Entrepreneurs are often clumped into one big group. Images of the next Mark Zuckerberg hacking away in a dorm room are what come to mind for most people.

The reality is much different. Entrepreneurs come from various fields and with various ambitions. Some want to make money, others want do social good. Some want to do both.

Now, more than ever, there are business structures to accommodate every type of entrepreneur.

Different types of entrepreneurship

Entrepreneurship 101‘s lecture on different types of entrepreneurship introduced the audience to several of these structures and the questions every person should consider before committing to a business.

5 questions to ask before starting a business

Make sure you ask yourself these five questions:

  • Why do I want to start this business?
  • What resources do I need?
  • How do I fit into the rest of the world?
  • What is my business structure?
  • Do I have the skills & aptitude to be an entrepreneur?

The right corporate structure

Answering these questions can help you decide where your business should fall in the organizational spectrum. Most people are familiar with traditional corporate structures: Non-profit charities deliver social return funded largely by grants while for-profit businesses such as banks focus solely on financial return.

B Corporations are an emerging option for those who want to balance social impact with financial return. These ventures use the power of business to solve social or environmental problems. Bullfrog Power, a MaRS client that offers clean energy solutions, is a certified B Corp.

No matter which structure you choose, each carries its own benefits and risks. For example, if your business relies solely on government grants, an election or change in government policy can put your organization at risk. Explore the lecture slides for more examples of business structures.

Financing your business

If you have a great idea and know your business motivation, you will need financial resources to develop it. Should you target debt or equity financing, or bootstrap your way to profits? Another option is crowdfunding, which involves raising small amounts of money from a large number of people, typically online. Remember: If you wouldn’t invest in your own idea, then chances are, others won’t either.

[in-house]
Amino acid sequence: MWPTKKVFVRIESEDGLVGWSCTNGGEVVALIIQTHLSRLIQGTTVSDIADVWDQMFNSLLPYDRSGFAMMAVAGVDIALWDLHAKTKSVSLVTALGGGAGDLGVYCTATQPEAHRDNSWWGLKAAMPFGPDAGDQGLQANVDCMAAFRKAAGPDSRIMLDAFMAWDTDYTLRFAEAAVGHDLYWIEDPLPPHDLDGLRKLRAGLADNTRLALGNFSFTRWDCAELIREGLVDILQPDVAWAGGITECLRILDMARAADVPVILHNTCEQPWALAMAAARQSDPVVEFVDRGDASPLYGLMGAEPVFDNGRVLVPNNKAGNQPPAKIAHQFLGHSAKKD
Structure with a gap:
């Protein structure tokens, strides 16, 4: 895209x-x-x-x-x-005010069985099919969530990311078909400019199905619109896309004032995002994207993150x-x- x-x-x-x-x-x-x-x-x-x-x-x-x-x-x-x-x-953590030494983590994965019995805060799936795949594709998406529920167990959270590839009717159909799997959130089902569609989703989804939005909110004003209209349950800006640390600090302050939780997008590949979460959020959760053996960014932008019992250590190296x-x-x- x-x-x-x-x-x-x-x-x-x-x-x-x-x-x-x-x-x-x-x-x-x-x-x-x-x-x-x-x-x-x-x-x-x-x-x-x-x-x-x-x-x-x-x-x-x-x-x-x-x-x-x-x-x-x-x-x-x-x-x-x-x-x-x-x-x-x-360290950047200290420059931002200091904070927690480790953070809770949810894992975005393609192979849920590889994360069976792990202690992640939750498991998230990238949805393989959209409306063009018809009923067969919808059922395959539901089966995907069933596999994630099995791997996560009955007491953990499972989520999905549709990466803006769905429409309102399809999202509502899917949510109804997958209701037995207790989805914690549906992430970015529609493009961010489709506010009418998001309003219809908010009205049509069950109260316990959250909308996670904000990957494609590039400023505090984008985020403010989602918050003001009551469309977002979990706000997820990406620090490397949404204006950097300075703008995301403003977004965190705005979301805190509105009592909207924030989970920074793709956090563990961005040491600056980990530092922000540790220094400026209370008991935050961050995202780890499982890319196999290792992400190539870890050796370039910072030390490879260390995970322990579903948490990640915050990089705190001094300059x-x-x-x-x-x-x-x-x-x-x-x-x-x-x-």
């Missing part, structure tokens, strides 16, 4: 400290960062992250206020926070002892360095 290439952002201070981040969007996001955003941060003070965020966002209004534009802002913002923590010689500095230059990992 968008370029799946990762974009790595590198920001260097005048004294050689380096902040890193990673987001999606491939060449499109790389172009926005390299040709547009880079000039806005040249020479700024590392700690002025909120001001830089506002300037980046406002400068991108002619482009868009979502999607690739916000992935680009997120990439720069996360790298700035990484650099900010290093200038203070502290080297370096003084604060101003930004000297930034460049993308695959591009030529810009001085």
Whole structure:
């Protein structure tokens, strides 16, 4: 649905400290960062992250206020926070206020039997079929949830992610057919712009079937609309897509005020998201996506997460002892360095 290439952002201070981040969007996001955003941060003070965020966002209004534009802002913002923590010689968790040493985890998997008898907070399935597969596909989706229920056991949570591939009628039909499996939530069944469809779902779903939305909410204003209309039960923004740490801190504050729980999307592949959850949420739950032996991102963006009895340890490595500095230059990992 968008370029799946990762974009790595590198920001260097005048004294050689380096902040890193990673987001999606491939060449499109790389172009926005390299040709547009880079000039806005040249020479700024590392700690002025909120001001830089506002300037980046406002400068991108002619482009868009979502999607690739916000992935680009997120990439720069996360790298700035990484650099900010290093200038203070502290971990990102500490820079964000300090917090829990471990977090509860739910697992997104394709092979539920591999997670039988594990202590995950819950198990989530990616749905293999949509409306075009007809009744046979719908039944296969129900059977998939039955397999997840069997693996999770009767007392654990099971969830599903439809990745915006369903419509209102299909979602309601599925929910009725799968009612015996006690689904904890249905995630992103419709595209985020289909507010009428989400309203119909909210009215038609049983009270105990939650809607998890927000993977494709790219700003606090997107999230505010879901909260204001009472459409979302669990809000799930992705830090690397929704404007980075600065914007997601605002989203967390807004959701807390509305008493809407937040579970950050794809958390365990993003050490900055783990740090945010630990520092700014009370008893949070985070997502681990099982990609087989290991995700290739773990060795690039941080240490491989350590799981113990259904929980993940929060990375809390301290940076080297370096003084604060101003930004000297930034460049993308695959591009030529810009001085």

MaRS offers several other financing options for entrepreneurs:

  • The Funding Portal search tool provides access to more than $30 billion in funding sources for startups.
  • Social Venture Connexion (SVX) connects impact ventures and investors to catalyze debt and equity investment capital for ventures that have social and environmental impact.
  • Embark Funding supports Ontario startups with up to $20,000 to enable the engagement of a young professional who will work with the venture to accomplish specific goals or milestones.
  • Embedded Executive Funding offers up to $50,000 to Ontario ventures to place a senior-level executive on their team.
  • Check out our Funding page to see more resources and services.

So whether you have years of business experience or just a really good idea, check out the lecture video below to catch up on the different types of entrepreneurship and ways to structure your business.

Resources:

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Jelena Djurkic

Jelena Djurkic was the Senior Associate, Content Marketing at MaRS. Follow her on Twitter @jdjurkic. See more…